The Blue Backpack

By Madelon Wise

James brought it out of the trunk of his car each time we pulled up to a parking space at the dog park. He proudly assured me that he got the floppy light blue nylon backpack with skinny corded straps for free.

Short, chubby, and bearded with dark brown eyes and a full head of longish brown hair, James is a self-satisfied 72-year-old man with a conflicted, labile heart that cannot see its own darkness.

“I like routine,” he would remind me frequently, as if I were too childish or thwarted by my genitals to recognize rigidity and control.

Yet our dogs were best friends at the dog park and I enjoyed their delightful wrestling and playing. Out of the doggy friendship emerged our own friendship of convenience and the daily dog park visits. As I spent most of our two-year alliance living with one illness or another, I appreciated the rides if not always the company. I prided myself on my ability to maintain a friendship with a person so different from me.

This is Madelon’s most recent dog, Pluto, a lab-boxer mix, and his favorite shark.

“The first round is freestyle, and the rope comes out on the second round,” he would smugly proclaim.

I introduced the rope when I brought a tug toy hand made from cotton clothesline. James and I got many laughs watching each 80-pound dog tug at an end and growl while they walked.

In typical little man fashion, James then had to go online to find the biggest rope possible. Cut it, knot it at each end, and place the one-inch diameter, yard-long marine rope in the blue backpack for every second trip around the dog park.

I’m sure that big rope came out of the backpack every day that James took my dog to the park while I was recovering from major, nearly fatal surgeries. Because the rope comes out on the second round.

After two months of staying home and recovering strength, I felt increasingly queasy about returning to the daily dog park trips with this man who has spent his entire adult life being told by one of the most misogynistic institutions on the planet that he is the closest thing to God. James acted with an unerring conviction that he was expert in all matters. Kind gestures and intermittent generosity were integral to the father knows best gestalt.

What did I dread about resuming the daily routine? Constant, repetitive patter about planes, trains, cars, buildings, the price of gas, his church, his taxes, his investments. Every trip was painfully predictable, with his occasional lapses into chauvinistic, racist, homophobic, or grossly ignorant comments providing a break in the monotony.

Once I resumed the forced marches to the dog park, I knew I had not been exaggerating in my dread of this routine.

His ceaseless talking was even more boring than it had been before the surgeries. I was exhausted by lack of sleep, unsteady on my feet, and just not in the mood for the entire James show. I did not return from the dead to tolerate bullshit.

As we marched endlessly on the uneven, rutted gravel path, out would come the little blue backpack and the Great Big Rope, and two big dogs wrestled, tugged, and growled at the “snake.” I would go to the left, and the dogs would go to the left. An inevitable dance ensued in which the dogs made certain to get under my unsteady feet every time the damned rope emerged.

“This is annoying you, isn’t it?” he inquired in response to my frustrated struggle, to which I replied that it was immensely annoying and all I wanted to do was be able to walk safely.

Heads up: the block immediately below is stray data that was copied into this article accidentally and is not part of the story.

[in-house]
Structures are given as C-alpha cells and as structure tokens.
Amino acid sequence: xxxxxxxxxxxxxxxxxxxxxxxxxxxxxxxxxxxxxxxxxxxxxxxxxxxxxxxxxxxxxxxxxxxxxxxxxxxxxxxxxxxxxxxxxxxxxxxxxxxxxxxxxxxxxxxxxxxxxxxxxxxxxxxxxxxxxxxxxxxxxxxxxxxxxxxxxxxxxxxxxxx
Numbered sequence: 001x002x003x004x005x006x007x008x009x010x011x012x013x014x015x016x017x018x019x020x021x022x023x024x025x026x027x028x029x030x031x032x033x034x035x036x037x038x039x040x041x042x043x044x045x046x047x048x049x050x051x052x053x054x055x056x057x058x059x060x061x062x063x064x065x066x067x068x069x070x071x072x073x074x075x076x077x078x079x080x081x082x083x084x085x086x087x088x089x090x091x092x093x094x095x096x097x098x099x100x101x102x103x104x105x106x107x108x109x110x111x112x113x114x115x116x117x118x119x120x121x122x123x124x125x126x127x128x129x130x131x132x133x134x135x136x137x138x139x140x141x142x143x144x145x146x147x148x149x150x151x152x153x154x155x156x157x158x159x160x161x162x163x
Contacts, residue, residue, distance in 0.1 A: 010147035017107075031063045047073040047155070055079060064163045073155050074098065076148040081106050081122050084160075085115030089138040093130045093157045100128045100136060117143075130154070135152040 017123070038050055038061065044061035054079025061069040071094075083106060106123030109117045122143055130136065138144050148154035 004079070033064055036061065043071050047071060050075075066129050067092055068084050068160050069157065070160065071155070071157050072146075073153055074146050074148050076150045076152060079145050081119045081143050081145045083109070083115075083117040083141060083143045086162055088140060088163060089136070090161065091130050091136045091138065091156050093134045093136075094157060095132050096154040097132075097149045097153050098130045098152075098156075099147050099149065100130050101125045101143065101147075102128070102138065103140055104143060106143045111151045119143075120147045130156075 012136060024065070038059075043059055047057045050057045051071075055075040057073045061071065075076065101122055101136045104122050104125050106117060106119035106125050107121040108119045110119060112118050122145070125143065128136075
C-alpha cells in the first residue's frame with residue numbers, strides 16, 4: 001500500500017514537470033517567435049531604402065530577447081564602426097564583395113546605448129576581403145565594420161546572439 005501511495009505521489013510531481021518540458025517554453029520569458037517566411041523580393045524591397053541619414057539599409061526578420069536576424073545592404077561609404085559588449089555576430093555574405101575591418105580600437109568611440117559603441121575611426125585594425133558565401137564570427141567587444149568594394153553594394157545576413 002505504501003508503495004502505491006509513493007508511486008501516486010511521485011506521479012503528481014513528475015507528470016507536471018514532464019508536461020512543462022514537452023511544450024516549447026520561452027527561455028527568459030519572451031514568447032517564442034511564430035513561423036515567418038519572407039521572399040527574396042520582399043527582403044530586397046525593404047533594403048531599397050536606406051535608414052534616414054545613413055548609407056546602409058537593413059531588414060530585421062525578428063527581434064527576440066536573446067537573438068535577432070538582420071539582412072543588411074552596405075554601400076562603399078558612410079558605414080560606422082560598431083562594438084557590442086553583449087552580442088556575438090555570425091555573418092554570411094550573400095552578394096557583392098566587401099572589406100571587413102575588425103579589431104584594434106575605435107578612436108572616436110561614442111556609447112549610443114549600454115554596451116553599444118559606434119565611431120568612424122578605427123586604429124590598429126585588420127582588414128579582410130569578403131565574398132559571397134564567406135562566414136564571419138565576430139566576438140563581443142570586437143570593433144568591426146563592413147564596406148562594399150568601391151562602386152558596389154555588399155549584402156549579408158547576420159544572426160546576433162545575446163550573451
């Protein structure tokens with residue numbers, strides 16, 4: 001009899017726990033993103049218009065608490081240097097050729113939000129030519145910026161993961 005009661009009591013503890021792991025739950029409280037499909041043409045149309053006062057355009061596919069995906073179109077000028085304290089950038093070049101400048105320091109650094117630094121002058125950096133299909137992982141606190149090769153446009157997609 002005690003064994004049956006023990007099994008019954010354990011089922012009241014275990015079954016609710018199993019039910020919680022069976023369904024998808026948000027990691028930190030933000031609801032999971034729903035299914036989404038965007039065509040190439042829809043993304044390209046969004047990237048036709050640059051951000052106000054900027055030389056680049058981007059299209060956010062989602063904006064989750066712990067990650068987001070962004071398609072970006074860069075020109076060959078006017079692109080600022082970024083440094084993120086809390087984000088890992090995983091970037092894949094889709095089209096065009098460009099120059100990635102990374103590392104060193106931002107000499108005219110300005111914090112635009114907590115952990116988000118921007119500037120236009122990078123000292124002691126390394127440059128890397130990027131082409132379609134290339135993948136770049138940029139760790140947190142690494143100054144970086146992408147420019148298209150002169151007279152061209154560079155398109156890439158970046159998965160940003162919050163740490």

The next day, he did not bring out the blue backpack. Ah ha! Does this mean he is capable of hearing something I say? Yes. How wonderful.

But the day after the rope-free day, James deliberately and unexpectedly threw the rope one foot from my walking boots, and 160 pounds of dog flesh immediately pounced.

My shocked brain tried to grapple with how someone who was supposed to be my friend could fail to recognize that he was creating a dangerous situation for me.

“I knew this would annoy you, and I did it anyway,” he smirked. Malice lit his eyes.

Red flags had flown often in the landscape of our friendship, but here was a football-field-sized one that I could no longer ignore. I am slow to anger and have been successfully groomed to tolerate the unacceptable. Shaken though I was at James’s abusive behavior, I am grateful for such clear guidance and for a reason to end a relationship that was sliding inevitably toward sorrow. I will place this experience into my own backpack of life and throw it deep into a trunk where it can do no more harm.

(c) 2018 Madelon Wise

Madelon Wise, a transplant from the Driftless Area, is a gardening grandma riddled with radical biophilia. Writer, editor, permaculturalist, dog mom, musician, and storyteller.

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About first person productions

My blog "True Stories Well Told" is a place for people who read and write about real life. I’ve been leading life writing groups since 2004. I teach, coach memoir writers 1:1, and help people publish and share their life stories.
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2 Responses to The Blue Backpack

  1. When Madelon shared this essay at my recent “Flash Memoir” workshop, I was struck by what a great example it is of object writing — constraining your writing to the concrete and specific, letting a “thing you could drop on your foot” be a firm central point around which the story unfolds. Try it!

  2. Marjorie Turner Hollman says:

    A great concept, with an amazing result.

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